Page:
PYE, Richard II (1689-1724), of Hone, Derbys. and Derby

Published in The History of Parliament: the House of Commons 1690-1715, ed. D. Hayton, E. Cruickshanks, S. Handley, 2002
Available from Boydell and Brewer



27 Mar. - 21 Sept. 1710

Family and Education

bap. 2 Feb. 1689, 3rd but 1st surv. s. of Sir Charles Pye, 2nd Bt.*  educ. London and privately at home; St. Catharine’s, Camb. 1709. unmsuc. fa. as 3rd Bt. 12 Feb. 1721.1

Offices Held

Commr. stamp duties 1714–d.2


The Pye family had a very strong local interest in the borough of Derby, their main estate lying only six miles distant and Sir Charles often resided in the town. Richard had a sickly childhood, which disrupted his education, spent under the watchful eye of his mother. Pye first took an interest in local politics in 1705 when his enthusiasm for the Whig candidates disrupted the family’s travel arrangements: ‘Sir Charles and Dick talked of the Bath long but could not draw our young men from hence till this grand affair was over, he having engaged for a party and feared by his absence should desert.’ In April 1709 Abigail Harley described Pye ‘as variable as a woman, used to express his aversion to London upon all occasions, now grown fond of it’. By 1710 the family were looking towards Parliament as a future career for their son. Pye was chosen at a contested by-election on 27 Mar. 1710, but the prorogation of Parliament on 5 Apr. and its subsequent dissolution meant that he did not have time to take his seat. As a Whig, in alliance with Lord James Cavendish*, he was bound to face an uphill task in the wake of the Sacheverell trial at the 1710 election. His mother’s doubts, even though ‘Dick has the best natural interest was ever known here’ and despite his willingness (unlike his father in 1701) to ‘throw away his money’, were prescient as the Tory interest proved too strong. According to a report of Thomas Coke*, a petition was designed to ‘try for that favour upon account of family which they could not obtain by freedom of elections’. This was a reference to the influence wielded by Lady Pye’s cousin, Robert Harley*, and the possibility of utilizing it to overturn the election. His mother certainly dangled the bait before the new minister, asking that justice be done and suggesting that ‘had my son been elected I designed to have begged the favour to have put him under your care. We were desirous of his being in the House for his improvement, having formerly by a tender constitution lost many advantages in respect to his education.’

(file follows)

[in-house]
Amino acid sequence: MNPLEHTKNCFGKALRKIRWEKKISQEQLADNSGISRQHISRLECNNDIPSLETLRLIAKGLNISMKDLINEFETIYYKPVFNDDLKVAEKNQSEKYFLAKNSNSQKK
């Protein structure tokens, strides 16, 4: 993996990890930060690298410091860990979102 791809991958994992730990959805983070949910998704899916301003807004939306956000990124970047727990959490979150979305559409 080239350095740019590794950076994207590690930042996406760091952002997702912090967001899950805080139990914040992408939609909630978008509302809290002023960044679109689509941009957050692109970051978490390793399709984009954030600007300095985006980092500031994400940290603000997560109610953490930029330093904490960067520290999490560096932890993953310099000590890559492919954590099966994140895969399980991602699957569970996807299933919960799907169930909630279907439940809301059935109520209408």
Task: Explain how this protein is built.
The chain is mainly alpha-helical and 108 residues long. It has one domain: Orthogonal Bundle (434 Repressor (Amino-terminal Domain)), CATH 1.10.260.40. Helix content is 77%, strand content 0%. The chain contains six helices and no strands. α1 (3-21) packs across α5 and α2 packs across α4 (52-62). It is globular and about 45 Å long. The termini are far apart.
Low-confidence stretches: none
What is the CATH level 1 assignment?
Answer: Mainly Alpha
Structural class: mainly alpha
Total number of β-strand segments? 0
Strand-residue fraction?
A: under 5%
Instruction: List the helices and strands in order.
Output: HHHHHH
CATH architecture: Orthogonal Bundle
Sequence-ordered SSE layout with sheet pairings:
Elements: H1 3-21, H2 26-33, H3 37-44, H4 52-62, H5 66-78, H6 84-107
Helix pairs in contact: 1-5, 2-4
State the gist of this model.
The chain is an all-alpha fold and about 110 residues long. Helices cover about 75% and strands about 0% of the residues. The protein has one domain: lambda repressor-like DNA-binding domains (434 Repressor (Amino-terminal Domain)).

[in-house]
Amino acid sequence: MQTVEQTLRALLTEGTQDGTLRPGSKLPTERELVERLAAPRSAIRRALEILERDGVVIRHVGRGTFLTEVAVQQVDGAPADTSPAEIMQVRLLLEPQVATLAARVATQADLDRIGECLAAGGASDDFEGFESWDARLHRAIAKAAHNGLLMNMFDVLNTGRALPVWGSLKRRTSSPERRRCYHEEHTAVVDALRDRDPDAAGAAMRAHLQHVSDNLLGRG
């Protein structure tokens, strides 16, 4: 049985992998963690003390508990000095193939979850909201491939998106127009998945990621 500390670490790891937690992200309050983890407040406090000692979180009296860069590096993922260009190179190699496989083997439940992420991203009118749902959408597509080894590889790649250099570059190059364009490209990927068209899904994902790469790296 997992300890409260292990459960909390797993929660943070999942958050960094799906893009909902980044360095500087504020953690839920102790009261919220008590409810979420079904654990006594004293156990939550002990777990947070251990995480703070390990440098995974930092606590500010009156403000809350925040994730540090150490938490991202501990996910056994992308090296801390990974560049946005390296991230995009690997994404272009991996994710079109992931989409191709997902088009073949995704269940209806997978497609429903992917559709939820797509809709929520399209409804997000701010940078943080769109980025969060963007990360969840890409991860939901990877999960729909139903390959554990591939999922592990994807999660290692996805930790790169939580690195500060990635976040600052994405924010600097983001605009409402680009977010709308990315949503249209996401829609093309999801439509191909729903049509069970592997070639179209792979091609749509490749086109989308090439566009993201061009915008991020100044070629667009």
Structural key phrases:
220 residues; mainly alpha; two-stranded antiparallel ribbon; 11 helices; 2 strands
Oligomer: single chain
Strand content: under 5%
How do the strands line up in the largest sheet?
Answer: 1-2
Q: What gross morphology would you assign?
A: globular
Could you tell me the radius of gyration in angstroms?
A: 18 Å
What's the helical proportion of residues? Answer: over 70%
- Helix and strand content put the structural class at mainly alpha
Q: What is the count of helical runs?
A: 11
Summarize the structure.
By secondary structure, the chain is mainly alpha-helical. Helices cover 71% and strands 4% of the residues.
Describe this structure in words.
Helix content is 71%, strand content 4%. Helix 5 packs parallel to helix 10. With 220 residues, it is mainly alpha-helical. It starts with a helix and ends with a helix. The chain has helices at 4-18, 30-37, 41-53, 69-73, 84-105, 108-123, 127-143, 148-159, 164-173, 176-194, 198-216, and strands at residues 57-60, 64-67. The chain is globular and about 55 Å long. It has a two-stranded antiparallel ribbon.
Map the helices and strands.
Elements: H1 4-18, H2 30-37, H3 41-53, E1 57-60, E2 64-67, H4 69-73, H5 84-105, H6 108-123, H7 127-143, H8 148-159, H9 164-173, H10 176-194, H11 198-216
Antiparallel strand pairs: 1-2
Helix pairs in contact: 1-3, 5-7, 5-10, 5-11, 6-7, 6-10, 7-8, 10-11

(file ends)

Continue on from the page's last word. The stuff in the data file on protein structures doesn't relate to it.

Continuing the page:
Pye was again a candidate in 1713, but declined to force a poll. He showed no further interest in obtaining a parliamentary seat, although he was appointed to office after 1714. He died on 22 Nov. 1724.3

Ref Volumes: 1690-1715

Author: Stuart Handley


  • 1. IGI, London; Add. 70149, Lady Pye to Abigail Harley, 1 Feb. 1700[–1].
  • 2. Cal. Treas. Bks. 194.
  • 3. Add. 70022, Lady Pye to Abigail Harley, 5 May 1705; 70378, Abigail to Lord Harley (Edward*), 15 Apr. 1709; 70254, Pye to Robert Harley, 14 Oct. 1710; HMC Portland, vi. 591, 612; v. 328.